How Many Hugs Equal Sexual Harassment?
A district court found itself trying to calculate the number of times a county sheriff hugged a subordinate, so that it could determine whether to allow the subordinate to proceed with her sexual harassment claim that she was subject to a sexually hostile work environment.
Victoria Zetwick was a county correctional officer who claimed that during a 12-year period, the county sheriff greeted her with over 100 unwelcome hugs and at least one unwelcome kiss. According to Zetwick, the sheriff greeted many female employees with hugs and kisses, but generally greeted male employees with a handshake.
The sheriff and the county argued that the sheriff’s conduct wasn’t severe or pervasive enough to create a hostile work environment; instead, they said, the sheriff’s hugs and kisses were ordinary workplace socializing. The district court agreed with them, after trying to count the number of hugs in order to apply “a mathematically precise test” to determine whether Zetwick’s work environment was sufficiently hostile.
On appeal, the Ninth Circuit Court of Appeals held that it was up to a jury to decide whether an abusive environment was created by the frequency of the hugs, the fact that they came from a supervisor, and the impact that the hugs and the kiss had on Zetwick’s ability to work. Merely counting the instances of unwelcome conduct doesn’t address the impact it has on the victim.
An employer can be sued for creating or allowing a hostile environment when an employee is subject to harassment, if the harassment is severe or pervasive enough to change the conditions of employment and create an environment that the victim and any reasonable person would find hostile or abusive. In this case, the sheriff and the county claimed that the sheriff’s hugs didn’t create a hostile environment because they didn’t happen very often and they never happened when the sheriff and Zetwick were alone. In fact, the sheriff and county claimed, the hugs happened mostly at events like award ceremonies and parties.
Even if that were true, a celebration related to work doesn’t justify harassing conduct. Employers need to make sure their employees understand that a party is an extension of the workplace that must remain free of harassing conduct.
In addition, employers need to look hard at conduct that is aimed at only a few select employees. While the sheriff may have occasionally hugged male employees, his more frequent hugging of female employees was a red flag.
In this case, the Court of Appeals was concerned that not only was the sheriff Zetwick’s supervisor, but he was the highest-ranking officer in the department. As we’ve seen before with the US National Park Service, a supervisor’s hugs can be a big problem in a workplace.
As attorney Elaine Hogan noted in an article called “Can Hugging Be Hostile?” “even when a supervisor considers his or her physical affection to be friendly, a subordinate might think otherwise.” This is why employers need to be sure that employees “at all levels are trained regarding potential sexual harassment and hostile work environment issues.”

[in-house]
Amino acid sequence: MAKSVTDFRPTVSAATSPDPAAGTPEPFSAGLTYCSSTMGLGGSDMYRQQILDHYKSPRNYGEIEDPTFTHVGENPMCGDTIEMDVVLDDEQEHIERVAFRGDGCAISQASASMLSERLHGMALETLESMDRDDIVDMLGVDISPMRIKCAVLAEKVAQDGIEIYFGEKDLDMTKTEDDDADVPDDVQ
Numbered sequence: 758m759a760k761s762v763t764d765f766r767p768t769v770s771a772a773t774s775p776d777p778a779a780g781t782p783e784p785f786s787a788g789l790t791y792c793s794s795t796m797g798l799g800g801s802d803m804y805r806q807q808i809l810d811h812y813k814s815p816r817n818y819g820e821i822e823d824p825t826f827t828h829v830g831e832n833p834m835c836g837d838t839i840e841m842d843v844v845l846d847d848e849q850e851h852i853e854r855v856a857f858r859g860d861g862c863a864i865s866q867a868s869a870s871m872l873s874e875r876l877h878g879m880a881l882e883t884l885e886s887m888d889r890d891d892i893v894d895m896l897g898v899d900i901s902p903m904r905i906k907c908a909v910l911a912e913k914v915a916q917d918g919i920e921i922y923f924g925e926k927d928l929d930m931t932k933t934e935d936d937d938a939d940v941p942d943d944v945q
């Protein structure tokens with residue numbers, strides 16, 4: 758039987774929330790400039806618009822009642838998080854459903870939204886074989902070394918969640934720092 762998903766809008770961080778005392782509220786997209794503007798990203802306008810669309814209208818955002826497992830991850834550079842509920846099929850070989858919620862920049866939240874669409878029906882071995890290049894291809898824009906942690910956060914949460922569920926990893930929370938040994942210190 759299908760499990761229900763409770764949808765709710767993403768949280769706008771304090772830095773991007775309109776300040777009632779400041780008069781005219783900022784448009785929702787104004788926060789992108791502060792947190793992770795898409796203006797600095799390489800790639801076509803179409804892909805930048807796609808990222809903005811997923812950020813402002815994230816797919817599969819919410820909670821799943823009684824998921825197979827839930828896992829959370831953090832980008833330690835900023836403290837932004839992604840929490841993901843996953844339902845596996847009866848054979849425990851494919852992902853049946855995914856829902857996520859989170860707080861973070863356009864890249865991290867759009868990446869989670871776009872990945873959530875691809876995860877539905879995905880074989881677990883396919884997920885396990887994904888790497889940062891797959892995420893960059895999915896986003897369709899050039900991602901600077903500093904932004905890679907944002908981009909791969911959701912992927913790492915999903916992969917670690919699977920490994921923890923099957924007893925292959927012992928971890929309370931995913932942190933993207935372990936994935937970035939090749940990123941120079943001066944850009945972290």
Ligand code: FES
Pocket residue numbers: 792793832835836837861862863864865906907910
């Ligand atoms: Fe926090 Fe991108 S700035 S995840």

Although the district court conceded that there was no “magic number of harassing incidents” that would give rise to liability, it also determined that the sheriff’s conduct was not pervasive. According to that Court, “simple math” indicated that Zetwick experienced around seven or eight hugs per year.
But numbers aren’t everything. The Ninth Circuit Court of Appeal held that the lower court should have considered (and employers should consider) “whether a reasonable juror would find that hugs, in the kind, number, frequency, and persistence described by Zetwick, create[d] a hostile environment.”
In trying to determine the severity of the conduct, the Court of Appeals disregarded the district court’s statement that “the encounters were not physically threatening or humiliating.”
According to attorney Aaron Goldstein on the JD Supra Business Advisor blog:
There is an important lesson lying underneath the text of the Ninth Circuit’s decision. The type and severity of conduct that can constitute a hostile work environment is ever changing based upon developing social norms. Thirty years ago it might have been socially acceptable to call a subordinate employee “honey,” but today it most definitely is not. The trial court put the individual defendant’s conduct within the category of indisputably socially acceptable conduct. What the Ninth Circuit announced, without explicitly holding, is that it is no longer indisputably socially acceptable for a male to subject a female subordinate to frequent unwanted hugs.
Continuing the idea about changes in what is considered “correct behavior” at work, Mr. Goldstein also noted that in January 2017 the Equal Employment Opportunity Commission (EEOC) released proposed guidance on unlawful harassment that suggests that employers “may find it helpful to consider and implement new forms of training, such as workplace civility training and/or bystander intervention training, to prevent workplace harassment.”
Mr. Goldstein’s “developing social norms” don’t develop everywhere at the same time. For instance, a writer on a “human resources solutions” company blog stated that he “had to chuckle a bit” when he read about this case. No one should be chuckling about this case. Victoria Zetwick said that she was so upset by the sheriff’s conduct that she cried at work. And at the very least, the sheriff and the county have already spent a lot of time and money on this case, and are likely to spend more.
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